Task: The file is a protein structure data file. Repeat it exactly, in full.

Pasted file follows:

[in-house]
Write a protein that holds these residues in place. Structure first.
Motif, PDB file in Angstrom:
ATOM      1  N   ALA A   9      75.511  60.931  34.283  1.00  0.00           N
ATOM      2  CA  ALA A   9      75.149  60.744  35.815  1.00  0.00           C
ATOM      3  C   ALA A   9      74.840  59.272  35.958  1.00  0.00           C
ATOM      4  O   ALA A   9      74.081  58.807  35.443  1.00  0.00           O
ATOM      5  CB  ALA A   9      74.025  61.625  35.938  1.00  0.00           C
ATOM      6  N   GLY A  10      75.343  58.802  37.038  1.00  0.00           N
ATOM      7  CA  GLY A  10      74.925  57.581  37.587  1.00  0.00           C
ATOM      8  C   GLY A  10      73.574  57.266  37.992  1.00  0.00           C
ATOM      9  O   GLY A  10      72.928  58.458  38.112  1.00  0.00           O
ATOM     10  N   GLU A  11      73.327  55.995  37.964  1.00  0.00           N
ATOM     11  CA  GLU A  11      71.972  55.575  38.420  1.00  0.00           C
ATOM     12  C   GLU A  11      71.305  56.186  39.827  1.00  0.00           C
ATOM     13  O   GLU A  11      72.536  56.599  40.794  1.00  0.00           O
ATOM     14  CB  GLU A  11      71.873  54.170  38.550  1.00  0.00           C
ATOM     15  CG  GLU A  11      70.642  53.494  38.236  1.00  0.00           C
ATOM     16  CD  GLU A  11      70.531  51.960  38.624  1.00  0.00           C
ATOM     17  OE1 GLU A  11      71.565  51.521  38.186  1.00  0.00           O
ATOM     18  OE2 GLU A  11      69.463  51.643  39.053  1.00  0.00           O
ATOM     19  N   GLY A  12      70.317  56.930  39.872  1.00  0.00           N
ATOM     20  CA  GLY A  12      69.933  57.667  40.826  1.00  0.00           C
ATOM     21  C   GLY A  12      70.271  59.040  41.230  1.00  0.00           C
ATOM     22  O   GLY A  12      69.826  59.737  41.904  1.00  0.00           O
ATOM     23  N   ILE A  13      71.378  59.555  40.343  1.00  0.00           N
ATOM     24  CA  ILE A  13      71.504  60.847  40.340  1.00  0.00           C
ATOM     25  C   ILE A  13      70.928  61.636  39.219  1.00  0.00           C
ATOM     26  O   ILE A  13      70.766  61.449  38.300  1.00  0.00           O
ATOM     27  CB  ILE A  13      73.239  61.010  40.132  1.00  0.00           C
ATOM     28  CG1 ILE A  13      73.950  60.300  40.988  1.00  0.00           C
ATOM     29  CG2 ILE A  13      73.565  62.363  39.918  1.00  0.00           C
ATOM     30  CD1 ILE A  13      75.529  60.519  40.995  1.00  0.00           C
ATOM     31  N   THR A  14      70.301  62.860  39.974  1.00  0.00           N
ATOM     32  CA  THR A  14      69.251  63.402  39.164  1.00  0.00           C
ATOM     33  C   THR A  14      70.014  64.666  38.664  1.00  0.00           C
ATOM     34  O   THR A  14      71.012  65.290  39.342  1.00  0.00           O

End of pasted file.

[in-house]
Write a protein that holds these residues in place. Structure first.
Motif, PDB file in Angstrom:
ATOM      1  N   ALA A   9      75.511  60.931  34.283  1.00  0.00           N
ATOM      2  CA  ALA A   9      75.149  60.744  35.815  1.00  0.00           C
ATOM      3  C   ALA A   9      74.840  59.272  35.958  1.00  0.00           C
ATOM      4  O   ALA A   9      74.081  58.807  35.443  1.00  0.00           O
ATOM      5  CB  ALA A   9      74.025  61.625  35.938  1.00  0.00           C
ATOM      6  N   GLY A  10      75.343  58.802  37.038  1.00  0.00           N
ATOM      7  CA  GLY A  10      74.925  57.581  37.587  1.00  0.00           C
ATOM      8  C   GLY A  10      73.574  57.266  37.992  1.00  0.00           C
ATOM      9  O   GLY A  10      72.928  58.458  38.112  1.00  0.00           O
ATOM     10  N   GLU A  11      73.327  55.995  37.964  1.00  0.00           N
ATOM     11  CA  GLU A  11      71.972  55.575  38.420  1.00  0.00           C
ATOM     12  C   GLU A  11      71.305  56.186  39.827  1.00  0.00           C
ATOM     13  O   GLU A  11      72.536  56.599  40.794  1.00  0.00           O
ATOM     14  CB  GLU A  11      71.873  54.170  38.550  1.00  0.00           C
ATOM     15  CG  GLU A  11      70.642  53.494  38.236  1.00  0.00           C
ATOM     16  CD  GLU A  11      70.531  51.960  38.624  1.00  0.00           C
ATOM     17  OE1 GLU A  11      71.565  51.521  38.186  1.00  0.00           O
ATOM     18  OE2 GLU A  11      69.463  51.643  39.053  1.00  0.00           O
ATOM     19  N   GLY A  12      70.317  56.930  39.872  1.00  0.00           N
ATOM     20  CA  GLY A  12      69.933  57.667  40.826  1.00  0.00           C
ATOM     21  C   GLY A  12      70.271  59.040  41.230  1.00  0.00           C
ATOM     22  O   GLY A  12      69.826  59.737  41.904  1.00  0.00           O
ATOM     23  N   ILE A  13      71.378  59.555  40.343  1.00  0.00           N
ATOM     24  CA  ILE A  13      71.504  60.847  40.340  1.00  0.00           C
ATOM     25  C   ILE A  13      70.928  61.636  39.219  1.00  0.00           C
ATOM     26  O   ILE A  13      70.766  61.449  38.300  1.00  0.00           O
ATOM     27  CB  ILE A  13      73.239  61.010  40.132  1.00  0.00           C
ATOM     28  CG1 ILE A  13      73.950  60.300  40.988  1.00  0.00           C
ATOM     29  CG2 ILE A  13      73.565  62.363  39.918  1.00  0.00           C
ATOM     30  CD1 ILE A  13      75.529  60.519  40.995  1.00  0.00           C
ATOM     31  N   THR A  14      70.301  62.860  39.974  1.00  0.00           N
ATOM     32  CA  THR A  14      69.251  63.402  39.164  1.00  0.00           C
ATOM     33  C   THR A  14      70.014  64.666  38.664  1.00  0.00           C
ATOM     34  O   THR A  14      71.012  65.290  39.342  1.00  0.00           O